Aug 03,2007 00:00
CAMP PENDLETON, Calif. - Marine Sgt. Lawrence G. Hutchins III was found guilty of unpremeditated murder Thursday and faces a sentence of life in prison without parole for orchestrating and supervising the kidnapping and execution of an Iraqi man in April 2006. Hutchins, 23, is the first Marine to be convicted of a wartime murder since the Vietnam War.
The jury also found him guilty of larceny, making a false official statement and conspiracy to commit murder, larceny and obstruction of justice.
It acquitted him of kidnapping, obstruction of justice, assault and housebreaking, as well as one other count of making a false official statement.
"This is the most important trial in the Hamdaniya case," Lt. Col. John Baker, the lead prosecutor, said shortly before the verdict was delivered.
"I'm nervous," he said, particularly because of the prosecution's previous failures to win a murder conviction against the other Hamdaniya defendants.
Before rising out of his chair to hear the verdict, Hutchins took a sip of soda. He stood at attention, stared straight ahead and showed no emotion as the jury foreman announced "guilty" or "not guilty" to each count.
Standing behind him were his brother, his wife, Reyna, and his 2 1/2-year-old daughter, Kylie.
Two weeks ago, Hutchins told a newspaper near his hometown of Plymouth, Mass., that he expected to do well in his trial and would be acquitted of all charges lodged against him.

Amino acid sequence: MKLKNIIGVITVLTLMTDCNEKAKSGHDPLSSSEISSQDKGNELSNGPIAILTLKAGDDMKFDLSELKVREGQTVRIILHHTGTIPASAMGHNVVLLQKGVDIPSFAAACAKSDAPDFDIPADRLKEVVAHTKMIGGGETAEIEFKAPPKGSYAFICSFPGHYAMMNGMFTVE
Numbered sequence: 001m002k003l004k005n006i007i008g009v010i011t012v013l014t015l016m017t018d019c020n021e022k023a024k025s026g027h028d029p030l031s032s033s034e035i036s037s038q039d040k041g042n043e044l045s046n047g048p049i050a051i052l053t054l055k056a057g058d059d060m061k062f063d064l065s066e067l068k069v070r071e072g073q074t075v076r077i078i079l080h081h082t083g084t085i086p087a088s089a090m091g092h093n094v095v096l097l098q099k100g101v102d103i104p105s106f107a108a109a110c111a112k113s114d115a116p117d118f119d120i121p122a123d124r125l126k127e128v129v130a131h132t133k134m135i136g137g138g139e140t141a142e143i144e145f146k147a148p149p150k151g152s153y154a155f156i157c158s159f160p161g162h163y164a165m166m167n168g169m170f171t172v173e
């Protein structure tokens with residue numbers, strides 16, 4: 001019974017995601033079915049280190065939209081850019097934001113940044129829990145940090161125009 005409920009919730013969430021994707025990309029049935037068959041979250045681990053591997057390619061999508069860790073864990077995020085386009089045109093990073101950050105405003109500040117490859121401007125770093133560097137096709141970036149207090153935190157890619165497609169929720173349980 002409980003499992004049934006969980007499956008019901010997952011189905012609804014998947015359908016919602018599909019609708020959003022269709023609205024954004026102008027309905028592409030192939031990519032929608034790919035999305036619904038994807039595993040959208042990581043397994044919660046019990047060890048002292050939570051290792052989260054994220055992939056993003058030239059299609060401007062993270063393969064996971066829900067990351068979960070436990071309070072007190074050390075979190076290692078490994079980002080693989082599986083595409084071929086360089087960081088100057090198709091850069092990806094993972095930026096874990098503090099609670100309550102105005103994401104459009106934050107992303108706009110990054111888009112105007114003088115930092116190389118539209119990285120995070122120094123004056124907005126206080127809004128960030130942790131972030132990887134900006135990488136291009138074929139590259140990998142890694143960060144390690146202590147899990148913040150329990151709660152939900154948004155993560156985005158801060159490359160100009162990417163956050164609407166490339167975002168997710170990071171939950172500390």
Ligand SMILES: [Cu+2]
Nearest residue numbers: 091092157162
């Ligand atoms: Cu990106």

Jurors deliberated for 10 hours before rendering their verdict, which some saw as reflecting the U.S. military's indifference to the killing of Iraqi civilians and others saw as sympathy for troops who became increasingly frustrated by high-stress urban combat.
Like Hutchins, the jurors were all Iraq war veterans.
They began hearing testimony from Hutchins' friends and family members Thursday afternoon, and are expected to start deliberating his sentence the next day.
Hutchins, six other Camp Pendleton Marines and a Navy corpsman took the Iraqi man from his bed, dragged him to a roadside hole, bound his hands and feet and shot him repeatedly on April 26, 2006, in the rural town of Hamdaniya.
Then they tried to disguise the crime as a firefight between U.S. troops and an insurgent who was discovered trying to plant a bomb.
The defendants have long acknowledged that the abduction and execution took place. But they said a variety of reasons compelled them to kill, including post-traumatic stress disorder and pressure from commanders to get tougher with insurgents.
Hutchins' hopes might largely rest on convincing jurors that forces beyond his control prompted the Hamdaniya incident. His attorneys also plan to portray him as a caring, family oriented man and a highly responsible Marine.
Even before the verdict was announced, Hutchins' attorneys practiced showing photos of Hutchins on a big screen facing the jury box. The strategy is commonly used in efforts to humanize the convicted.
Besides the visual display and expected testimony of Hutchins' supporters, Hutchins is expected to take the stand on his own behalf.
Appealing for sympathy from the jurors could knock years off Hutchins' prison sentence.